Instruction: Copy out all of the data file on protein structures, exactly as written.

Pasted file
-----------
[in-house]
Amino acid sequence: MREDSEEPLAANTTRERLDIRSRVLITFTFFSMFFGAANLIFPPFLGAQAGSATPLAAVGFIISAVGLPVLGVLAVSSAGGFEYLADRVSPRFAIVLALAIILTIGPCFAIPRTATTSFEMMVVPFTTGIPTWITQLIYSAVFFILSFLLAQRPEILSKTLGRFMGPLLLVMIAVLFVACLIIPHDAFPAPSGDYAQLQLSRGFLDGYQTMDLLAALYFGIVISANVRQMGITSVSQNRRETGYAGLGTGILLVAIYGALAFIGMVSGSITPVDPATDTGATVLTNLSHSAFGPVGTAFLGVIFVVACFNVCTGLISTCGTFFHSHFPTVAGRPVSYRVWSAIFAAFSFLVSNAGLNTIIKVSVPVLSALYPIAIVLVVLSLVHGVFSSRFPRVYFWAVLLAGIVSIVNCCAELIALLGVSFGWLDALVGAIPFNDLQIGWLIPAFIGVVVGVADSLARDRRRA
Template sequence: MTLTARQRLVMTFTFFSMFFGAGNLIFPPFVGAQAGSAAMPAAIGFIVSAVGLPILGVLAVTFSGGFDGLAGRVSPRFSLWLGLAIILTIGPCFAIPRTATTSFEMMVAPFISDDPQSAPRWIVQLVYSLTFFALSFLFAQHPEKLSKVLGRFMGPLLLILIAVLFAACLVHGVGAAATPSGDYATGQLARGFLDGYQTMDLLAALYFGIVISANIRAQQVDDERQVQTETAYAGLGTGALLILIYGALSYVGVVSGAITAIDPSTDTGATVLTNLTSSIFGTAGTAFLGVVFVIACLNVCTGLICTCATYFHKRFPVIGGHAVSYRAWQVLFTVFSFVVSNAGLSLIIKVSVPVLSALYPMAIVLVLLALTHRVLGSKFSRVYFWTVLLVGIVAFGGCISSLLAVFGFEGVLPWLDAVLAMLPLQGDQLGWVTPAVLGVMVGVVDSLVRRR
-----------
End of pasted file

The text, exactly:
[in-house]
Amino acid sequence: MREDSEEPLAANTTRERLDIRSRVLITFTFFSMFFGAANLIFPPFLGAQAGSATPLAAVGFIISAVGLPVLGVLAVSSAGGFEYLADRVSPRFAIVLALAIILTIGPCFAIPRTATTSFEMMVVPFTTGIPTWITQLIYSAVFFILSFLLAQRPEILSKTLGRFMGPLLLVMIAVLFVACLIIPHDAFPAPSGDYAQLQLSRGFLDGYQTMDLLAALYFGIVISANVRQMGITSVSQNRRETGYAGLGTGILLVAIYGALAFIGMVSGSITPVDPATDTGATVLTNLSHSAFGPVGTAFLGVIFVVACFNVCTGLISTCGTFFHSHFPTVAGRPVSYRVWSAIFAAFSFLVSNAGLNTIIKVSVPVLSALYPIAIVLVVLSLVHGVFSSRFPRVYFWAVLLAGIVSIVNCCAELIALLGVSFGWLDALVGAIPFNDLQIGWLIPAFIGVVVGVADSLARDRRRA
Template sequence: MTLTARQRLVMTFTFFSMFFGAGNLIFPPFVGAQAGSAAMPAAIGFIVSAVGLPILGVLAVTFSGGFDGLAGRVSPRFSLWLGLAIILTIGPCFAIPRTATTSFEMMVAPFISDDPQSAPRWIVQLVYSLTFFALSFLFAQHPEKLSKVLGRFMGPLLLILIAVLFAACLVHGVGAAATPSGDYATGQLARGFLDGYQTMDLLAALYFGIVISANIRAQQVDDERQVQTETAYAGLGTGALLILIYGALSYVGVVSGAITAIDPSTDTGATVLTNLTSSIFGTAGTAFLGVVFVIACLNVCTGLICTCATYFHKRFPVIGGHAVSYRAWQVLFTVFSFVVSNAGLSLIIKVSVPVLSALYPMAIVLVLLALTHRVLGSKFSRVYFWTVLLVGIVAFGGCISSLLAVFGFEGVLPWLDAVLAMLPLQGDQLGWVTPAVLGVMVGVVDSLVRRR